Section: New Results

Data Structures and Robust Geometric Computation

Straight-line graph drawing on the torus

Participant : Olivier Devillers.

In collaboration with Luca Castelli Aleardi and Éric Fusy (LIX, Palaiseau).

We extend the notion of canonical orderings to cylindric triangulations. This allows us to extend the incremental straight-line drawing algorithm of de Fraysseix et al. to this setting. Our algorithm yields in linear time a crossing-free straight-line drawing of a cylindric triangulation T with n vertices on a regular grid /w×[0,h], with w2n and hn(2d+1), where d is the (graph-) distance between the two boundaries. As a by-product, we can also obtain in linear time a crossing-free straight-line drawing of a toroidal triangulation with n vertices on a periodic regular grid /w×/h, with w2n and h1+n(2c+1), where c is the length of a shortest non-contractible cycle. Since c2n, the grid area is O(n 5/2 ) [24] .

Qualitative symbolic perturbation

Participants : Olivier Devillers, Monique Teillaud.

In collaboration with Menelaos Karavelas (University of Crete).

In the literature, the generic way to address degeneracies in computational geometry is the Symbolic Perturbation paradigm: the input is made dependent of some parameter ε so that for ε positive and close to zero, the input is close to the original input, while at the same time, in non-degenerate position. A geometric predicate can usually be seen as the sign of some function of the input. In the symbolic perturbation paradigm, if the function evaluates to zero, the input is perturbed by a small positive ε, and the sign of the function evaluated at the perturbed input is used instead.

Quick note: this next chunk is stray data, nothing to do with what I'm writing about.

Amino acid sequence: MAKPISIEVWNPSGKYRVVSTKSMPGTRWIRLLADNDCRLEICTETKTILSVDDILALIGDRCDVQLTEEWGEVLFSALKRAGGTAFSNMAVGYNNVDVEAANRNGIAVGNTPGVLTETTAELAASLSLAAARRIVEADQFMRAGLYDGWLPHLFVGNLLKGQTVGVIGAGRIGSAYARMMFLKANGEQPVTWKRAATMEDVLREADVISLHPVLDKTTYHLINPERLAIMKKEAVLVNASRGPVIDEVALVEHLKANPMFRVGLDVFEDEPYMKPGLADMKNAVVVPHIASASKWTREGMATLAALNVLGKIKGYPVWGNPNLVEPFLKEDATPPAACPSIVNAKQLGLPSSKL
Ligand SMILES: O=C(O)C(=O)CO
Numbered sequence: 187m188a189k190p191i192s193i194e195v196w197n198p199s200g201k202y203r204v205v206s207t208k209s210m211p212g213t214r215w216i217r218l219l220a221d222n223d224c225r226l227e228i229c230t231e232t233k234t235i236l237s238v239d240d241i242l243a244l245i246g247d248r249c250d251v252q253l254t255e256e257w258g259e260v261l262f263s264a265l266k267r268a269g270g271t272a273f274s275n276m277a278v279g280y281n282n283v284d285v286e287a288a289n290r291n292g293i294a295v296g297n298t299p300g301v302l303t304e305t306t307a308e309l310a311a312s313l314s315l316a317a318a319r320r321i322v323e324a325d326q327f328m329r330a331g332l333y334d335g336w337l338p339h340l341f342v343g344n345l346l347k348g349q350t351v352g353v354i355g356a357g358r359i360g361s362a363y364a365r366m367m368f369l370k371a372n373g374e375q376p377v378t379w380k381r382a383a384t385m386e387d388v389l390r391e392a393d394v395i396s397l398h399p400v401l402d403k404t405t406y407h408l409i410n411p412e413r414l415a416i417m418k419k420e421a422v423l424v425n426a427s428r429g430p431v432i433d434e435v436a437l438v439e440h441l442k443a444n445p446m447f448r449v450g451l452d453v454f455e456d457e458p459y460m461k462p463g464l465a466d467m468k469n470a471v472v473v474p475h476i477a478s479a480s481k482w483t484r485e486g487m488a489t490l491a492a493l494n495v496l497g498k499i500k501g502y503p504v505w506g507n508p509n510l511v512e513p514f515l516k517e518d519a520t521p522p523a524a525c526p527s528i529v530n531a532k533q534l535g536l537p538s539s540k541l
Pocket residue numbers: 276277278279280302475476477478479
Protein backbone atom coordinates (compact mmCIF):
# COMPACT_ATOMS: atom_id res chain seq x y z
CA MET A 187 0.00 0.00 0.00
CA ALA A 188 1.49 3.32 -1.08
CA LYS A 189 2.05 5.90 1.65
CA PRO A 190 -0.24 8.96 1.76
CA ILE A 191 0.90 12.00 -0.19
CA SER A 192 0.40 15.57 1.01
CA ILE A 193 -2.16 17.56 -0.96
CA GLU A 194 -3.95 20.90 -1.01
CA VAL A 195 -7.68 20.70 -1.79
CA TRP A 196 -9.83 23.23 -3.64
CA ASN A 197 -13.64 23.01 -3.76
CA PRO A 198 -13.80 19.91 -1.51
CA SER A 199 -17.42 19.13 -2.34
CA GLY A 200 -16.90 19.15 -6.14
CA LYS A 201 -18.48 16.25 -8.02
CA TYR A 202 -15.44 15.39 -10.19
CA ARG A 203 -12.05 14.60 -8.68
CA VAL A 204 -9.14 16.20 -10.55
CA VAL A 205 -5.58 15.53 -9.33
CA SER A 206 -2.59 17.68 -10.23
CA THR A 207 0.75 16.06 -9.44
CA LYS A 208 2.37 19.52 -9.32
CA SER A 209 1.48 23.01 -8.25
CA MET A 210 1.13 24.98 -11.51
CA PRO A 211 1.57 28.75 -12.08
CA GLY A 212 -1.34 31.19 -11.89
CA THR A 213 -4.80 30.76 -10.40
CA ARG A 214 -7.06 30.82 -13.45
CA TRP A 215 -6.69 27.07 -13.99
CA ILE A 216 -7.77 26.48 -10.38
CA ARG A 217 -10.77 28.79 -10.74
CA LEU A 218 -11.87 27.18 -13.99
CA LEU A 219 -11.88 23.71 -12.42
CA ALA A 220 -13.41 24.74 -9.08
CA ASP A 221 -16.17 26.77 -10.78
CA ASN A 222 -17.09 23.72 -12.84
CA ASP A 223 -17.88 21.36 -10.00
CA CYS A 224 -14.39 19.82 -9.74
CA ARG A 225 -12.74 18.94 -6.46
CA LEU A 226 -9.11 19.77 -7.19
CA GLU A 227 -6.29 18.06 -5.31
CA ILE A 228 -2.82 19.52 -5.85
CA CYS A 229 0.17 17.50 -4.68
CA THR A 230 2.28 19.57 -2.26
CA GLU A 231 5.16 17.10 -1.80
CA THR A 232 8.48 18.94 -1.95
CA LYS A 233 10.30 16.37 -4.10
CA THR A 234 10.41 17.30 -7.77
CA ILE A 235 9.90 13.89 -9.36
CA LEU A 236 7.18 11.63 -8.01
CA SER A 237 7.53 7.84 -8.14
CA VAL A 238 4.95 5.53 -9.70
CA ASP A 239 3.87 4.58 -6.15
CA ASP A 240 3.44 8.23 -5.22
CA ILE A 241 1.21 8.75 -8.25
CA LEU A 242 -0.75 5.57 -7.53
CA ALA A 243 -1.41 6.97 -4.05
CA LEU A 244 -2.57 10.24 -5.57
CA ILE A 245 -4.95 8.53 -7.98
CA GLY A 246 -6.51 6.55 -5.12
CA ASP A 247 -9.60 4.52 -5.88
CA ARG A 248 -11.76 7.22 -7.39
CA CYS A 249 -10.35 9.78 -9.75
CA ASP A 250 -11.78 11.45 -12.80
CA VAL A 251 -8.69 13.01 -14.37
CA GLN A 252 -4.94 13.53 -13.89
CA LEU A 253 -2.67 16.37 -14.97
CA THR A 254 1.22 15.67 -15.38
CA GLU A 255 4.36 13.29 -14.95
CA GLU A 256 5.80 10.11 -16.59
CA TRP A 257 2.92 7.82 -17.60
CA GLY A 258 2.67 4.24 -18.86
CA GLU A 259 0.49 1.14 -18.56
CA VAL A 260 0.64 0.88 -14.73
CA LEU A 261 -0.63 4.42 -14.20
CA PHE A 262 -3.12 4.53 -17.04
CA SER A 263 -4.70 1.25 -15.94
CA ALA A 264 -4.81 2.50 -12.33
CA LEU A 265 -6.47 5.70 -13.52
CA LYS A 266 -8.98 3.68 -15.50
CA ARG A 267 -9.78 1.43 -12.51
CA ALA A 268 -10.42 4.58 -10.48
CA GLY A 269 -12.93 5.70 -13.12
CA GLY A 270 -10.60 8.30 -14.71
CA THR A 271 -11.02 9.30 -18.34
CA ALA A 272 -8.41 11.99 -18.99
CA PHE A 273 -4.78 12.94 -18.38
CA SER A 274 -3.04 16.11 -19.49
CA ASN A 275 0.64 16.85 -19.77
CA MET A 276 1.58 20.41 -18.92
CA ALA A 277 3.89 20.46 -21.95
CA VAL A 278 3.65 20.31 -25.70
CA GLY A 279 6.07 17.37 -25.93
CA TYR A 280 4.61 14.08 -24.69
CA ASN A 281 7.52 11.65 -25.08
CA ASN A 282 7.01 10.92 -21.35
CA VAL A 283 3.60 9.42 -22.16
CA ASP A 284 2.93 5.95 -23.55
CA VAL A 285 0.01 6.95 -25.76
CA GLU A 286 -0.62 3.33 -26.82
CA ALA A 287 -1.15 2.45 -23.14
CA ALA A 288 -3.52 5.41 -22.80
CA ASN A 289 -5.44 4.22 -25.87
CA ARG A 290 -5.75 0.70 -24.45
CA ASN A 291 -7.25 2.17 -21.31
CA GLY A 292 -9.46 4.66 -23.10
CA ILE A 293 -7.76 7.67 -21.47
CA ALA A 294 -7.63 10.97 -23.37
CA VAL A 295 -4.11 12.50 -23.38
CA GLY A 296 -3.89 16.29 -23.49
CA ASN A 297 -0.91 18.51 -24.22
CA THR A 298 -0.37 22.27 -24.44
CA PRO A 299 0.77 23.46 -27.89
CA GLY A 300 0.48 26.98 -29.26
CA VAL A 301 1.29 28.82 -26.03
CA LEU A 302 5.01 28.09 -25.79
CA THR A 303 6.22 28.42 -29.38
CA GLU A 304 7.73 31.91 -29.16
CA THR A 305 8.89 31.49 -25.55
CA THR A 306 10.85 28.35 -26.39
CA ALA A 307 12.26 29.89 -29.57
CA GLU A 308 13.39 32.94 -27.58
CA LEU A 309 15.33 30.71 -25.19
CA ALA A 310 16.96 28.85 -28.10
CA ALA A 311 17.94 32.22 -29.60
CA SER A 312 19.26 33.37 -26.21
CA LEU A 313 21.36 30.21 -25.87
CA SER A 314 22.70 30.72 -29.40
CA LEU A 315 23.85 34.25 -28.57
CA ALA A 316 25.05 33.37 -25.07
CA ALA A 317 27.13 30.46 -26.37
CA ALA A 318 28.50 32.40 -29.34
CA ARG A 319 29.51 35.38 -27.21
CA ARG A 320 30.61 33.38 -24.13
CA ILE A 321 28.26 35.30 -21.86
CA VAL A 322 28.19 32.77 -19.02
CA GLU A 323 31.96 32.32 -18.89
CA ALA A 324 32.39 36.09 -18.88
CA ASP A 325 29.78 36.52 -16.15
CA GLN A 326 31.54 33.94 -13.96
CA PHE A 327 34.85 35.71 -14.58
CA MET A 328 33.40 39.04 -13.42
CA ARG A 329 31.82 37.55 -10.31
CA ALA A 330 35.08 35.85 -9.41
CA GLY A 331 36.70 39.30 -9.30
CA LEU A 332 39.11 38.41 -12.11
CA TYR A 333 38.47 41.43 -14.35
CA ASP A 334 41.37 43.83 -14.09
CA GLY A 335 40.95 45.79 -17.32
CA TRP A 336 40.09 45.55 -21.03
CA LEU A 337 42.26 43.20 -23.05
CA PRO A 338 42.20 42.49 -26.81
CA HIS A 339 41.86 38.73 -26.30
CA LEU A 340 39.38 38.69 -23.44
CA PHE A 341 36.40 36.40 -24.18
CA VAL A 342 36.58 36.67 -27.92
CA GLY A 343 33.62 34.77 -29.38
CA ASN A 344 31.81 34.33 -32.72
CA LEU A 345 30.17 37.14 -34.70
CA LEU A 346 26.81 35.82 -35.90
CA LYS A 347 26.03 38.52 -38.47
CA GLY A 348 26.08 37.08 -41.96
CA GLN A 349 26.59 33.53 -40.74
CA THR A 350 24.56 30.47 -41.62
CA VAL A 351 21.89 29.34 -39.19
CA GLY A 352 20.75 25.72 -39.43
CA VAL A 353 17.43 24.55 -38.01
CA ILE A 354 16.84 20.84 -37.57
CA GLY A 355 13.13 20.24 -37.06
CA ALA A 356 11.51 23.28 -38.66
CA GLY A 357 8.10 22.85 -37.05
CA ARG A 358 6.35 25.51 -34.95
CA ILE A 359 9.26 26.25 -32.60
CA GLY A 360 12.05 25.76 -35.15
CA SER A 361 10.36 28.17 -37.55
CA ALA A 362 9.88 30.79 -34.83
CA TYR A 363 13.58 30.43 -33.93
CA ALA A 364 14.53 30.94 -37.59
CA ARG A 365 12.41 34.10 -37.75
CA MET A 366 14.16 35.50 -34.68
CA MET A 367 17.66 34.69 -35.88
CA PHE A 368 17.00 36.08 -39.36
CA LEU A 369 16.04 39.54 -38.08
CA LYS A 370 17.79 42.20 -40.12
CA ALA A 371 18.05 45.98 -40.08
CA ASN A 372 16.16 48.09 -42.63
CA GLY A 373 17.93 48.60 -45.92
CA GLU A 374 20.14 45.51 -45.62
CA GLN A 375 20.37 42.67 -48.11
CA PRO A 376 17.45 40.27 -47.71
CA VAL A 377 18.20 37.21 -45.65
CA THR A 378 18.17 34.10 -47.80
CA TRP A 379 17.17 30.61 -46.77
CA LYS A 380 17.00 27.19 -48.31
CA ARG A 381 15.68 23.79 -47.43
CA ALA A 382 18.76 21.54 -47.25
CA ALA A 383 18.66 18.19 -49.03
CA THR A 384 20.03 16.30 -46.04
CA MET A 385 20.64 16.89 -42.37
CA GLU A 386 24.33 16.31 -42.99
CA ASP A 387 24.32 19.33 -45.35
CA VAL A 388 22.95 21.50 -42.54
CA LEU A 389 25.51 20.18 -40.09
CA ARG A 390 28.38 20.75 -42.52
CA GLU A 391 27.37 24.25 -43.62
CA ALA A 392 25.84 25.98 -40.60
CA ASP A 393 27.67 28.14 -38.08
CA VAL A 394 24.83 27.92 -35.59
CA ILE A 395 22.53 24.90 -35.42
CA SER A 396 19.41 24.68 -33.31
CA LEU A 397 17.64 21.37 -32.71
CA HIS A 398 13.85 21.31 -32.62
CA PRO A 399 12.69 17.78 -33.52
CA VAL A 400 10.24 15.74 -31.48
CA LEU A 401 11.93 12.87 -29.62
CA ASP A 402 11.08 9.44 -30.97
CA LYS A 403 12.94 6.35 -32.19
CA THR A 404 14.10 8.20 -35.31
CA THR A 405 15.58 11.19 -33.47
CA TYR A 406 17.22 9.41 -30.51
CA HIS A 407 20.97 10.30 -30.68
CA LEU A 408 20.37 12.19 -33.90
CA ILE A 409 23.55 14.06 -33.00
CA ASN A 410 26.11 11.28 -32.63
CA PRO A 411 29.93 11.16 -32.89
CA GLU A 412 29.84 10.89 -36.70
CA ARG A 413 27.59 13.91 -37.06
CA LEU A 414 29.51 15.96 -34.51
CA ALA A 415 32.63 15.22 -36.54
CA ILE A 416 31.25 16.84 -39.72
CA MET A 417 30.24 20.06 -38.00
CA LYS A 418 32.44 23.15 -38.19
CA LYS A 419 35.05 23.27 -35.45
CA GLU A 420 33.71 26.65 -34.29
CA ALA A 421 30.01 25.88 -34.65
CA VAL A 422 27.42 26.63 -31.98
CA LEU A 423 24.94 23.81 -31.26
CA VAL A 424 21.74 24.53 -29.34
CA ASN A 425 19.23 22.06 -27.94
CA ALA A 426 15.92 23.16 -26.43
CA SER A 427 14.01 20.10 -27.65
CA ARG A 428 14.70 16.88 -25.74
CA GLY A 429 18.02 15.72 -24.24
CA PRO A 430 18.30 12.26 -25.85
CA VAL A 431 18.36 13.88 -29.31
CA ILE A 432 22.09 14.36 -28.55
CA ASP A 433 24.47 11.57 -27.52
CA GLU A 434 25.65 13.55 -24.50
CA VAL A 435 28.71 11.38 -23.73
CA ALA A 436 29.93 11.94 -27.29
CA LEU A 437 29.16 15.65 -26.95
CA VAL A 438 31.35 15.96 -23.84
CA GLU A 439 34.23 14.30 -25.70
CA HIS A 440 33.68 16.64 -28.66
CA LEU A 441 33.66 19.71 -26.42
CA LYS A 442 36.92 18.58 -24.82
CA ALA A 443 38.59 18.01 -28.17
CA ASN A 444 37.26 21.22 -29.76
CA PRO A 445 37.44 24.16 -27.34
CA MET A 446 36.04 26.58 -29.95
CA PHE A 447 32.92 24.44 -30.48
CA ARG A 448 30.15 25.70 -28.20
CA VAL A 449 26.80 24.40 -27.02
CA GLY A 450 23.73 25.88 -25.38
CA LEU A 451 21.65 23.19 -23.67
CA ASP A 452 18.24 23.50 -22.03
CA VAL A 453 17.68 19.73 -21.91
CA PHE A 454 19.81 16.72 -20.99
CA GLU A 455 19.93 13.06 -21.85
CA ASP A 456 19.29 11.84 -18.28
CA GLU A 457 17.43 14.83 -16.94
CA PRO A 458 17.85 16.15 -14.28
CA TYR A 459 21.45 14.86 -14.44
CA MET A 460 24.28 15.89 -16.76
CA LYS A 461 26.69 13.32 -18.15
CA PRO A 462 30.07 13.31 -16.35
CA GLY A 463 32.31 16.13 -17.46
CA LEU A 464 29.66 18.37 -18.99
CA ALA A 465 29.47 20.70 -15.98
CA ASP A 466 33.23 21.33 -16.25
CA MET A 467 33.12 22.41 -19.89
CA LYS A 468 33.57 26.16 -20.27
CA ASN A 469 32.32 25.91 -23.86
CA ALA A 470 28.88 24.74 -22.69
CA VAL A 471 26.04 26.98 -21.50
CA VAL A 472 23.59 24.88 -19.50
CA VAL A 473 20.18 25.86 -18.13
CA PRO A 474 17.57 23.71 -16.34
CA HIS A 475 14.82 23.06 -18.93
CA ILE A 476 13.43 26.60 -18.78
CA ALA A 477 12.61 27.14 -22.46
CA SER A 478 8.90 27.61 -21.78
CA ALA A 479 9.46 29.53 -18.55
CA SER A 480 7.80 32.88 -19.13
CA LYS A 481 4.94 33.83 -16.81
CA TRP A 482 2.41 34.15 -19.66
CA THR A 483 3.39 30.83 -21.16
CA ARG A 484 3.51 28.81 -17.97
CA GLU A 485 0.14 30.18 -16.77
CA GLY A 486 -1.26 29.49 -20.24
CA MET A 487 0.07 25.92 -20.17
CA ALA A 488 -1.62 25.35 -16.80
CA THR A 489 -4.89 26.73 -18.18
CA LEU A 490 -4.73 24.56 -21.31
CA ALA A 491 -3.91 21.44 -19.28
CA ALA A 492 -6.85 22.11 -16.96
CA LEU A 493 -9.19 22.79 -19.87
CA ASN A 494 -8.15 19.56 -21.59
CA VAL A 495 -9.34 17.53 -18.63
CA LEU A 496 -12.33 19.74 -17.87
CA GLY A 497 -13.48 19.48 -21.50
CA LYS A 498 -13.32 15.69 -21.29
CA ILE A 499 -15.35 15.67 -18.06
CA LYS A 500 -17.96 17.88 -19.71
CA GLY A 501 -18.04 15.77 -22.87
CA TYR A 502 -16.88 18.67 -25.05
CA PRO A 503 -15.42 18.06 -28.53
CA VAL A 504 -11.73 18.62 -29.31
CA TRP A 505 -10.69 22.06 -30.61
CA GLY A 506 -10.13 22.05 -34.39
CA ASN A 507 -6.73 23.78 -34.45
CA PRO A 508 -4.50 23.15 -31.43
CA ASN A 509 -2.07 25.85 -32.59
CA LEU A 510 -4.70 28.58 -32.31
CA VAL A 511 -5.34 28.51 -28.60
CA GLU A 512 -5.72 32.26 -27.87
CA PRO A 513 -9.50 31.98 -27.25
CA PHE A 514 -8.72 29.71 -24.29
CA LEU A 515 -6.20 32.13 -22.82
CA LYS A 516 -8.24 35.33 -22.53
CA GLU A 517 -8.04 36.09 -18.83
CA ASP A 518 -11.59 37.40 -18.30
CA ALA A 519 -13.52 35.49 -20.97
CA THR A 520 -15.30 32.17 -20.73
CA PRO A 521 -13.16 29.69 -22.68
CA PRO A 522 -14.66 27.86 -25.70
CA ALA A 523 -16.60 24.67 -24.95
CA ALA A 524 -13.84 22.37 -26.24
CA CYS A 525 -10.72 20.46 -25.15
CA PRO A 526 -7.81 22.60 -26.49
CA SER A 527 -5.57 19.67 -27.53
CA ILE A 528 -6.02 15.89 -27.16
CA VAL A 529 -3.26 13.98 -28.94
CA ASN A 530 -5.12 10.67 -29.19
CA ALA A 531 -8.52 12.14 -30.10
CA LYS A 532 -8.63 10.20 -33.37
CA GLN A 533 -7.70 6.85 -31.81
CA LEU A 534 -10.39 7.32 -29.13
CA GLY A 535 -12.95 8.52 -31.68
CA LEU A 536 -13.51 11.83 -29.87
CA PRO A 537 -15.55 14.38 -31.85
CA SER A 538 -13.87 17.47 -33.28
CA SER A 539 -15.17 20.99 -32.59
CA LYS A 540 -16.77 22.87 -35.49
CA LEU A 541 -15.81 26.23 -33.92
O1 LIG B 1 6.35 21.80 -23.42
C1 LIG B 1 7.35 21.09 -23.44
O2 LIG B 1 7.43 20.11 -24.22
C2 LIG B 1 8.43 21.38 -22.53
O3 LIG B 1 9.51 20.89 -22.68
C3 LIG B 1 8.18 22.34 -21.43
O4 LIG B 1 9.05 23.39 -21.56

The usual way of using this approach is what we will call Algebraic Symbolic Perturbation framework. When the function to be evaluated is a polynomial of the input, its perturbed version is seen as a polynomial in ε, whose coefficients are polynomials in the input. These coefficients are evaluated by increasing degree in ε until a non-vanishing coefficient is found. The number of these coefficients can be quite large and expressing them in an easily and efficiently computable manner (e.g., factorized) may require quite some work.

We propose to address the handling of geometric degeneracies in a different way, namely by means of what we call the Qualitative Symbolic Perturbation framework. We no longer use a single perturbation that must remove all degeneracies, but rather a sequence of perturbations, such that the next perturbation is being used only if the previous ones have not removed the degeneracies. The new perturbation is considered as symbolically smaller than the previous ones. This approach allows us to use simple elementary perturbations whose effect can be analyzed and evaluated: (1) by geometric reasoning instead of algebraic development of the predicate polynomial in ε, and (2) independently of a specific algebraic formulation of the predicate.

We apply our framework to predicates used in the computation of Apollonius diagrams in 2D and 3D, as well as the computation of trapezoidal maps of circular arcs [57] .

Covering spaces and Delaunay triangulations of the 2D flat torus

Participants : Mikhail Bogdanov, Monique Teillaud.

In collaboration with Gert Vegter (Johan Bernoulli Institute, Groningen University)

A previous algorithm was computing the Delaunay triangulation of the flat torus, by using a 9-sheeted covering space [64] . We propose a modification of the algorithm using only a 8-sheeted covering space, which allows to work with 8 periodic copies of the input points instead of 9. The main interest of our contribution is not only this result, but most of all the method itself: this new construction of covering spaces generalizes to Delaunay triangulations of surfaces of higher genus.

Hyperbolic Delaunay complexes and Voronoi diagrams made practical

Participants : Mikhail Bogdanov, Olivier Devillers, Monique Teillaud.